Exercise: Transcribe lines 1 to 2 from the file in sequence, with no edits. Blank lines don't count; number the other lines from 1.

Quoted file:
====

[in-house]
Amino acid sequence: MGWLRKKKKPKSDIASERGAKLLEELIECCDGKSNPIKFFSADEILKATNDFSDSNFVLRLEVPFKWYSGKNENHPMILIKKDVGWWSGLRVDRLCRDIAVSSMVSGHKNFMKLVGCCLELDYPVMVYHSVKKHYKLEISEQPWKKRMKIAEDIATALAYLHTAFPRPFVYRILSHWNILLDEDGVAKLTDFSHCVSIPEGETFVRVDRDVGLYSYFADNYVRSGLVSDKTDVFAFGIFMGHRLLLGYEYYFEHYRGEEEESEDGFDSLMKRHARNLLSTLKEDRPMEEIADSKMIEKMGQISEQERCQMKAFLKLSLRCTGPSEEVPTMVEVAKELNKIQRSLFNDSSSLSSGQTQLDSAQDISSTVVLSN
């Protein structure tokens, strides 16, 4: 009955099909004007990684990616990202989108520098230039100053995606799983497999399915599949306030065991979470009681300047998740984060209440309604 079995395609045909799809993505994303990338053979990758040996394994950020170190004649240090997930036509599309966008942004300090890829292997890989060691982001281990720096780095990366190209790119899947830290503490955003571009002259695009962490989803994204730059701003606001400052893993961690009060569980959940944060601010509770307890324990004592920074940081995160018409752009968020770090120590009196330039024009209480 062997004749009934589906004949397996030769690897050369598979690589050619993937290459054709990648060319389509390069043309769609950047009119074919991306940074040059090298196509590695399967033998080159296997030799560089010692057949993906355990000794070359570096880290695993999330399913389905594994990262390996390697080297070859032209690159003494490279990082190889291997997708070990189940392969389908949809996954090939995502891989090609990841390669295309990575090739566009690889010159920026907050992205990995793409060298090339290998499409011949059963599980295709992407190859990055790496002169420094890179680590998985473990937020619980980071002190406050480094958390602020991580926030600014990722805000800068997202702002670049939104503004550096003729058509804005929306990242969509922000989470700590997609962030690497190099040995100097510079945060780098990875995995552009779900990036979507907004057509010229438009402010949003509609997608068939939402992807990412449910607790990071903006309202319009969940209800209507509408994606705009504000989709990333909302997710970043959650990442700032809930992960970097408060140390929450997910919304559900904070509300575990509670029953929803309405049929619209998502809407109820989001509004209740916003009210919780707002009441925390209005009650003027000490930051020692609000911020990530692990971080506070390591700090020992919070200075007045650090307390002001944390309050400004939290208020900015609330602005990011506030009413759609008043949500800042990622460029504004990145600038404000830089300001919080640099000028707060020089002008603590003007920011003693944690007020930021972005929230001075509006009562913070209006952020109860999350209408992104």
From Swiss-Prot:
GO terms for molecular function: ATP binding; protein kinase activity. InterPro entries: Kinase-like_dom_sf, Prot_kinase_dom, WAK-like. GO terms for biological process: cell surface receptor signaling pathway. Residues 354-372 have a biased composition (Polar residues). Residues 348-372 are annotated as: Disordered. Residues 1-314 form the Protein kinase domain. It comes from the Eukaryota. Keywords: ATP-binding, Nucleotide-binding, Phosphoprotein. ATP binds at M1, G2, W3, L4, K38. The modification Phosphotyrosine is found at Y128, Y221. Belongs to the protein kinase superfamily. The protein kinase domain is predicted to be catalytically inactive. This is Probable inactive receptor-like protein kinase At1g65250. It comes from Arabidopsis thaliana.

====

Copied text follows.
[in-house]
Amino acid sequence: MGWLRKKKKPKSDIASERGAKLLEELIECCDGKSNPIKFFSADEILKATNDFSDSNFVLRLEVPFKWYSGKNENHPMILIKKDVGWWSGLRVDRLCRDIAVSSMVSGHKNFMKLVGCCLELDYPVMVYHSVKKHYKLEISEQPWKKRMKIAEDIATALAYLHTAFPRPFVYRILSHWNILLDEDGVAKLTDFSHCVSIPEGETFVRVDRDVGLYSYFADNYVRSGLVSDKTDVFAFGIFMGHRLLLGYEYYFEHYRGEEEESEDGFDSLMKRHARNLLSTLKEDRPMEEIADSKMIEKMGQISEQERCQMKAFLKLSLRCTGPSEEVPTMVEVAKELNKIQRSLFNDSSSLSSGQTQLDSAQDISSTVVLSN